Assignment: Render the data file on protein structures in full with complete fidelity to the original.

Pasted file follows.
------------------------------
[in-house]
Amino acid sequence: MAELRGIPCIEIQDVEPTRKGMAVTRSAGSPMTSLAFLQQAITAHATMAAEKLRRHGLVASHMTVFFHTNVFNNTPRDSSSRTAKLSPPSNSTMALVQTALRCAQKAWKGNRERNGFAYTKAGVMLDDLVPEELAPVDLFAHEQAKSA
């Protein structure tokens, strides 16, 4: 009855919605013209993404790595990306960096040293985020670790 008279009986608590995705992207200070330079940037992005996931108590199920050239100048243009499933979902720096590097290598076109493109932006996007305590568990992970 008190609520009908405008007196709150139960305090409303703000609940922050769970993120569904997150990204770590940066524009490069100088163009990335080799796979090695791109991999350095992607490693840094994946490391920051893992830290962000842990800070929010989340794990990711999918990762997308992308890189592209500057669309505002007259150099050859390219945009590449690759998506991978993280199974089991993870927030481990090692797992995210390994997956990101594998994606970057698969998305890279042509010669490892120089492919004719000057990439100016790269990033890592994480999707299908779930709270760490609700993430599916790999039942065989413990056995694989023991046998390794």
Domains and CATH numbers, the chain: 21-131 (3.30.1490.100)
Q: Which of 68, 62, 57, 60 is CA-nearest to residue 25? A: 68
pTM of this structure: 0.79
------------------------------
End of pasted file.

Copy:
[in-house]
Amino acid sequence: MAELRGIPCIEIQDVEPTRKGMAVTRSAGSPMTSLAFLQQAITAHATMAAEKLRRHGLVASHMTVFFHTNVFNNTPRDSSSRTAKLSPPSNSTMALVQTALRCAQKAWKGNRERNGFAYTKAGVMLDDLVPEELAPVDLFAHEQAKSA
């Protein structure tokens, strides 16, 4: 009855919605013209993404790595990306960096040293985020670790 008279009986608590995705992207200070330079940037992005996931108590199920050239100048243009499933979902720096590097290598076109493109932006996007305590568990992970 008190609520009908405008007196709150139960305090409303703000609940922050769970993120569904997150990204770590940066524009490069100088163009990335080799796979090695791109991999350095992607490693840094994946490391920051893992830290962000842990800070929010989340794990990711999918990762997308992308890189592209500057669309505002007259150099050859390219945009590449690759998506991978993280199974089991993870927030481990090692797992995210390994997956990101594998994606970057698969998305890279042509010669490892120089492919004719000057990439100016790269990033890592994480999707299908779930709270760490609700993430599916790999039942065989413990056995694989023991046998390794």
Domains and CATH numbers, the chain: 21-131 (3.30.1490.100)
Q: Which of 68, 62, 57, 60 is CA-nearest to residue 25? A: 68
pTM of this structure: 0.79